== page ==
Taking on a Classic Car Restoration

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There’s a sort of romance involved in taking on a restoration project. The idea of finding a junkyard gem, long forgotten and tossed aside, and bringing it back to life is on the top of many-a car enthusiasts bucket list. For most of us, it will stay solely on our minds and on that list, along with so many other items that will most likely never to come to fruition. But for those bold enough to follow through with that dream, the reward can be a once in a lifetime feeling.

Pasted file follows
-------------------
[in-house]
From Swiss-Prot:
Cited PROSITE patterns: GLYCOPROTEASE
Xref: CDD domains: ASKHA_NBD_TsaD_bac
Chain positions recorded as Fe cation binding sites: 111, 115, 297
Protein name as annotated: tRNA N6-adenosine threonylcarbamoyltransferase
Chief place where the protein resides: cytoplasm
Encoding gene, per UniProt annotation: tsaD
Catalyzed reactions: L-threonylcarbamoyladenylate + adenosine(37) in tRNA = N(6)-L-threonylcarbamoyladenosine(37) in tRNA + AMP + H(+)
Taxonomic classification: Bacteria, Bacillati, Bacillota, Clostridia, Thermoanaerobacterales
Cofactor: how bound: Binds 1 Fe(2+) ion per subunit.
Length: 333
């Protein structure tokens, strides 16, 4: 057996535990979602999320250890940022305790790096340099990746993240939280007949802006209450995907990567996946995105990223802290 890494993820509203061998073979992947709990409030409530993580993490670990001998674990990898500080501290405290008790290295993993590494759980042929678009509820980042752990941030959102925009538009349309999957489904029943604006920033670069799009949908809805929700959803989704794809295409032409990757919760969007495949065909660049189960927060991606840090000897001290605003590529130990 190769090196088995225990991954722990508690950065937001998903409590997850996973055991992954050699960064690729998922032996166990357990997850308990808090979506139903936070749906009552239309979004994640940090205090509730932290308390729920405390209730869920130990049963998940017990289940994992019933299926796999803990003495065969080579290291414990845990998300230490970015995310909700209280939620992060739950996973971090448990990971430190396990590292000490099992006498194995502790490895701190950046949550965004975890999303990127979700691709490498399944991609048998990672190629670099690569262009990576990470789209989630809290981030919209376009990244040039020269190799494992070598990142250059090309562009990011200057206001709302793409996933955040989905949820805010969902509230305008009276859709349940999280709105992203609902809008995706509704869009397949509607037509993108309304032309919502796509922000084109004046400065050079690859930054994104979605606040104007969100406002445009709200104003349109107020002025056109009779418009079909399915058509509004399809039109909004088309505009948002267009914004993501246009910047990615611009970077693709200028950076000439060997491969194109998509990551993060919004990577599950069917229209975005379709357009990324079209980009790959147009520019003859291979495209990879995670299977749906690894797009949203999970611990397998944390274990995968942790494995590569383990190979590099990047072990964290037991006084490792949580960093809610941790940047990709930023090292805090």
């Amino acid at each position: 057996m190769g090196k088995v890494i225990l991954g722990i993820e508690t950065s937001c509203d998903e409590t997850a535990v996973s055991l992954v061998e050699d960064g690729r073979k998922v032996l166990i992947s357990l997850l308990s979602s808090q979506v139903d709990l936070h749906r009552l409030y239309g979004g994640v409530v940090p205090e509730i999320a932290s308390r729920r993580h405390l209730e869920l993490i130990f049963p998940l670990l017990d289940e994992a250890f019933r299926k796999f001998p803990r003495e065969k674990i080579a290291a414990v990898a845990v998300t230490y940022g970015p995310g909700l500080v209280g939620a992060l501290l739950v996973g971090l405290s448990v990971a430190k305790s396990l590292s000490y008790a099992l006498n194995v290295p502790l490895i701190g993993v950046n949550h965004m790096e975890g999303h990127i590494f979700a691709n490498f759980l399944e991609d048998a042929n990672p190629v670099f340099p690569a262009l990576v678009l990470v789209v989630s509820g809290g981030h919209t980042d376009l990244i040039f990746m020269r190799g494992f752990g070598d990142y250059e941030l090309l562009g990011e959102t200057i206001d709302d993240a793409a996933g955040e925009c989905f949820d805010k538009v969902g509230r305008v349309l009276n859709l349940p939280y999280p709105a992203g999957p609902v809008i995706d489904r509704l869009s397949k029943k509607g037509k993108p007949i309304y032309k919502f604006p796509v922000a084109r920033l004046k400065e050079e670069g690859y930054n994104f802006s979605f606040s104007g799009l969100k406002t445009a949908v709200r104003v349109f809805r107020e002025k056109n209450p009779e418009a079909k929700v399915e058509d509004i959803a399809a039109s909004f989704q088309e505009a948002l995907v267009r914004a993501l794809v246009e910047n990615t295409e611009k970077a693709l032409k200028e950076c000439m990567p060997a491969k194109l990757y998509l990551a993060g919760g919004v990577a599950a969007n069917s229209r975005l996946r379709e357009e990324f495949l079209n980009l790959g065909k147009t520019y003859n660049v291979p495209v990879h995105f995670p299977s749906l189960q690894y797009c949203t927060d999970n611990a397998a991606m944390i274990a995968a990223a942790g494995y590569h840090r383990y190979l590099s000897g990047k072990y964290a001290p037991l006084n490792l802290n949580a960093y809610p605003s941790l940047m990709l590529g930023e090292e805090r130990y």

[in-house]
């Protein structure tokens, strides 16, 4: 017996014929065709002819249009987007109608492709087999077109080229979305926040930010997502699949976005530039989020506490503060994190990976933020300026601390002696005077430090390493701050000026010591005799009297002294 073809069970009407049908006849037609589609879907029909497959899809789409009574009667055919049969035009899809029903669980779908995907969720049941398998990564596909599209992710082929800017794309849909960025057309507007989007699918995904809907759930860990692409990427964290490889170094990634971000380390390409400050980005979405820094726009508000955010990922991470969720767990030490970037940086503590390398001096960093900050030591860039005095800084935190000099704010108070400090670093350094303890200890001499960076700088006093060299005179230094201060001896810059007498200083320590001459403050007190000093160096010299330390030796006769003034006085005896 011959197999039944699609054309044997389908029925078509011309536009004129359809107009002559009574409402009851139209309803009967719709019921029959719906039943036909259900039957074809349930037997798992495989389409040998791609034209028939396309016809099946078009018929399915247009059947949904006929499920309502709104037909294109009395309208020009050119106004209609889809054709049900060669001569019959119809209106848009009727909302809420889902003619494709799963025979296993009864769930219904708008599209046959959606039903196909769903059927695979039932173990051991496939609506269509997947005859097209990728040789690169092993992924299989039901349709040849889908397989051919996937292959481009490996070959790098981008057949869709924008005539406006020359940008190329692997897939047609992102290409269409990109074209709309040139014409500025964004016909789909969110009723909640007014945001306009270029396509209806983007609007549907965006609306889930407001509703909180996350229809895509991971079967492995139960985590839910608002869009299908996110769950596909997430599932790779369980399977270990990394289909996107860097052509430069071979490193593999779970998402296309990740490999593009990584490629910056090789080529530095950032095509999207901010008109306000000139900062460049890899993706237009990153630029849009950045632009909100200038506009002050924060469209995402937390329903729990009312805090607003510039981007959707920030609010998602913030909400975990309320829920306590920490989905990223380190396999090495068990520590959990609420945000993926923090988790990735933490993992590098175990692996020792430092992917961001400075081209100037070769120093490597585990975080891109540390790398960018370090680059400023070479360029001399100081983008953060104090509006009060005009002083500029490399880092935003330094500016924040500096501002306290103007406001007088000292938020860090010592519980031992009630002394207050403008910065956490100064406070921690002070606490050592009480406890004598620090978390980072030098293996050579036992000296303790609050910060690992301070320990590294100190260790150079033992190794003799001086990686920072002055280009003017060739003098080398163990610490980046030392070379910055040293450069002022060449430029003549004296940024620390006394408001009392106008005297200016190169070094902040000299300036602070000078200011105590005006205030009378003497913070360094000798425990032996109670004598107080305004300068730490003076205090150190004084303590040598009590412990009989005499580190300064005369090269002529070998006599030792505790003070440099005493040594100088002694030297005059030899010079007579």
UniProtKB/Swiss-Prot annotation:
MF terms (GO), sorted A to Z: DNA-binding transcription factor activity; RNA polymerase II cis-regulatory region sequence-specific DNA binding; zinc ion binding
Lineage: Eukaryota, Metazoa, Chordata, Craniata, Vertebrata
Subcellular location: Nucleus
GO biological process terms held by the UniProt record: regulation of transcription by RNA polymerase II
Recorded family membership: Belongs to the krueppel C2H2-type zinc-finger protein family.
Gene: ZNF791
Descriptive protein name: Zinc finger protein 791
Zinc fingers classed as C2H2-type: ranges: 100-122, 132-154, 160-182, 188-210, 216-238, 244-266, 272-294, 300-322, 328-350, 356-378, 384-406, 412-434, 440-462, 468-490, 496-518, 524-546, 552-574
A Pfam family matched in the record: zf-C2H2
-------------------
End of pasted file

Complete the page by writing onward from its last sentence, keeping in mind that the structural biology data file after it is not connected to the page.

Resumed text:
The reason so many only dream of taking on the task of bringing back a piece of automotive history is because it takes a fairly large commitment, both financially and time-wise. Most of us are already strapped for both, and so we watch from the pits. But if you’re ready to tackle the project, we’re ready to cheer you on! To make things a little easier, here are some steps to consider taking as you get your gears turning.

  1. Finding the right car-and it’s parts